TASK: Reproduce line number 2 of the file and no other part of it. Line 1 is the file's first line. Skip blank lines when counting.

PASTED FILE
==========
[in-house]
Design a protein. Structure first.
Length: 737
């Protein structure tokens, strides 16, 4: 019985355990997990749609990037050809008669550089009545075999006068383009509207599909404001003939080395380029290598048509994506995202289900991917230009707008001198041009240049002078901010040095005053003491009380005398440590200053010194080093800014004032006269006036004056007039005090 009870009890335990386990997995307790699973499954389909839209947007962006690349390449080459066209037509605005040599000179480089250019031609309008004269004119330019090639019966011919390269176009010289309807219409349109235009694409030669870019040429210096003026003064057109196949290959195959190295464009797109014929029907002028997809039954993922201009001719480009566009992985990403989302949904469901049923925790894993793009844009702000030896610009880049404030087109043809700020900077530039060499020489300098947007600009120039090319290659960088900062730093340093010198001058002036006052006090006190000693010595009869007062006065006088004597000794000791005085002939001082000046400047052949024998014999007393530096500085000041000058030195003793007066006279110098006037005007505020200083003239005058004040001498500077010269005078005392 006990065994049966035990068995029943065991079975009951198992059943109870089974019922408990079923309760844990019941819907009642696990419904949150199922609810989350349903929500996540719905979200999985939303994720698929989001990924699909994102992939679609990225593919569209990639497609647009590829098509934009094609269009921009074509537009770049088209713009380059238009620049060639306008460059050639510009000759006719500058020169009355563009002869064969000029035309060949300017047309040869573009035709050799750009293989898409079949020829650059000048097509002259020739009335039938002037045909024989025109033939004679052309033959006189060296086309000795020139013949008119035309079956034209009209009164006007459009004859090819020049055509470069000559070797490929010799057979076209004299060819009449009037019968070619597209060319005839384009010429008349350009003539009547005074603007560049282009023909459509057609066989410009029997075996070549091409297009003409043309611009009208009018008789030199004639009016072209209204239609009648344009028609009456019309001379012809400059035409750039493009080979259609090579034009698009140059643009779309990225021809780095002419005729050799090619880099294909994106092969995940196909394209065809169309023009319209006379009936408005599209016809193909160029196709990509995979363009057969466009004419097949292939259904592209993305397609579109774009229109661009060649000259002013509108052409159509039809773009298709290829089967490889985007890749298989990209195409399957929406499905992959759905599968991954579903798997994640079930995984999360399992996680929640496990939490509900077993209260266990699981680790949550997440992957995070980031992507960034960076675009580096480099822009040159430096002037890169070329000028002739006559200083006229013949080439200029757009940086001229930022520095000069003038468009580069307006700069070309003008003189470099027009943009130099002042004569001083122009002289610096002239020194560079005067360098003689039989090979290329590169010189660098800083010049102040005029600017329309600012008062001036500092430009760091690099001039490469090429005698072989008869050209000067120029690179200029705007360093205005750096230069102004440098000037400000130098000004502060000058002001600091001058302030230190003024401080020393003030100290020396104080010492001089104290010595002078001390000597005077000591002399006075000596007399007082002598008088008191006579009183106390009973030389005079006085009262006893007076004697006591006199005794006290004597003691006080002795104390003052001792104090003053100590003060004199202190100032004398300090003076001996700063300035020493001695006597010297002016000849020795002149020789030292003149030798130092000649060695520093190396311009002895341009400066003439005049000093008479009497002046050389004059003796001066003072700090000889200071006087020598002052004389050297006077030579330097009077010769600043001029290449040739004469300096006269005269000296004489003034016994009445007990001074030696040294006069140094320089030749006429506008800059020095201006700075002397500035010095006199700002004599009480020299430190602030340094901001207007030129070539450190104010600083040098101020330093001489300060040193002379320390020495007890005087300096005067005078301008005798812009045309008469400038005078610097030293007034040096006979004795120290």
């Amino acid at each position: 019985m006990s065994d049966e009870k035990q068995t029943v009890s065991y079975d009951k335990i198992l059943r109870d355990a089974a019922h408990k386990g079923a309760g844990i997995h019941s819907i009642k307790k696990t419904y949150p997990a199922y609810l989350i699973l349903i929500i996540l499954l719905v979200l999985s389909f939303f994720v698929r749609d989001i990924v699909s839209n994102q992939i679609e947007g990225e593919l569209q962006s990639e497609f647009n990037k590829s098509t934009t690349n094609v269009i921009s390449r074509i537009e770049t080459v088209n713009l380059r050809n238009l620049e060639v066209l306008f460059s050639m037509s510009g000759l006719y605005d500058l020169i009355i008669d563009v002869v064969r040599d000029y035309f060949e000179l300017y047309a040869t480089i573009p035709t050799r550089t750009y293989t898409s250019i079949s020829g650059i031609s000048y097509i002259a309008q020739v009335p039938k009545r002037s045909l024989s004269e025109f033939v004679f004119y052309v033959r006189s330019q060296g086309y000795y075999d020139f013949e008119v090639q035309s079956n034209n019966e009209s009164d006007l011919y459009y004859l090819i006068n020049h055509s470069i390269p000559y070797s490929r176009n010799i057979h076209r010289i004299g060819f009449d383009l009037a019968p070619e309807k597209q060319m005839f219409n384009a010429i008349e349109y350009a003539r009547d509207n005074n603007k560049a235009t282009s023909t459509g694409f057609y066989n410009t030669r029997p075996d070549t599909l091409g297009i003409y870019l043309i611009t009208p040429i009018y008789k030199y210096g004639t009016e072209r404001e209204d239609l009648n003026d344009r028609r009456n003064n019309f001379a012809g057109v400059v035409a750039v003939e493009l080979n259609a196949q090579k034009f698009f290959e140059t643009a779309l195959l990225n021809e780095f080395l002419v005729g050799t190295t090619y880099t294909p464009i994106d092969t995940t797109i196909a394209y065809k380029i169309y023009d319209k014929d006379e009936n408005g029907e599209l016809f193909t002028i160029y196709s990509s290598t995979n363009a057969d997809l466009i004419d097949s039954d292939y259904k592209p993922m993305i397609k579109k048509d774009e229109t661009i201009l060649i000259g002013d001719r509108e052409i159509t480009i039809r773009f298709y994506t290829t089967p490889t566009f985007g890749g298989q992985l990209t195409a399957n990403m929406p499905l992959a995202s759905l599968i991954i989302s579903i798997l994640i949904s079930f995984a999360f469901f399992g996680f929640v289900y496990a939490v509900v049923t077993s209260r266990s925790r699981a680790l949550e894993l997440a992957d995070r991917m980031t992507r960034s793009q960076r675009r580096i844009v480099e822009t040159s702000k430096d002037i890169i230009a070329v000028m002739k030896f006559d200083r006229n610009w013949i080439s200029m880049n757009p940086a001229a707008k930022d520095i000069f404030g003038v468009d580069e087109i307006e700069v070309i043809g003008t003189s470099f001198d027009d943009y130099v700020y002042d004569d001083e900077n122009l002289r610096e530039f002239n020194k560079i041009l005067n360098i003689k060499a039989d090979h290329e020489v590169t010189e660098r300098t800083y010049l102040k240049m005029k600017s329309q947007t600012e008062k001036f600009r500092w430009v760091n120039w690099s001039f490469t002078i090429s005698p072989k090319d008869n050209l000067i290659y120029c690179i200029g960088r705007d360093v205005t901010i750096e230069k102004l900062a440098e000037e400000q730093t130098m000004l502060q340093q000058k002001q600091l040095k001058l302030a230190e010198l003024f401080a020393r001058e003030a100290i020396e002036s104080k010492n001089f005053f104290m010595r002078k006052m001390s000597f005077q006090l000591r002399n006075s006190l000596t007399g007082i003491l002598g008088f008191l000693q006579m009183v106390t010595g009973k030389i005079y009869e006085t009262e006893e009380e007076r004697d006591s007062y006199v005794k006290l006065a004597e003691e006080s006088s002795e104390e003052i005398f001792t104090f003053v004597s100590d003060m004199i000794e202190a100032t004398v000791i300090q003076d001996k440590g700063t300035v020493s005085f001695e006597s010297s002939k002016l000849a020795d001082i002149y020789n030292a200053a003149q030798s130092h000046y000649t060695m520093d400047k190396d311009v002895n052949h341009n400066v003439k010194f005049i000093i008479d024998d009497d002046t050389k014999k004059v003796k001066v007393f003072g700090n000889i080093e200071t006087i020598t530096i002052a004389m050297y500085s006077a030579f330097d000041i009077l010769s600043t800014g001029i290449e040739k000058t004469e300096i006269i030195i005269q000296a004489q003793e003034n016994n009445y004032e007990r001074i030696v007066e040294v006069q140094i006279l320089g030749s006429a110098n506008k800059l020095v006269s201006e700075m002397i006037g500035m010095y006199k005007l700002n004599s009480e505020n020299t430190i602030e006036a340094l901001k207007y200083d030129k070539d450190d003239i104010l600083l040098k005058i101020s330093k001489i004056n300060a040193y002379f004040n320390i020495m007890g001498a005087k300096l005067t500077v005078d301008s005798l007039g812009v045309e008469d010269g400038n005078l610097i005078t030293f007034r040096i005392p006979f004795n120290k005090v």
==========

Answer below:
Design a protein. Structure first.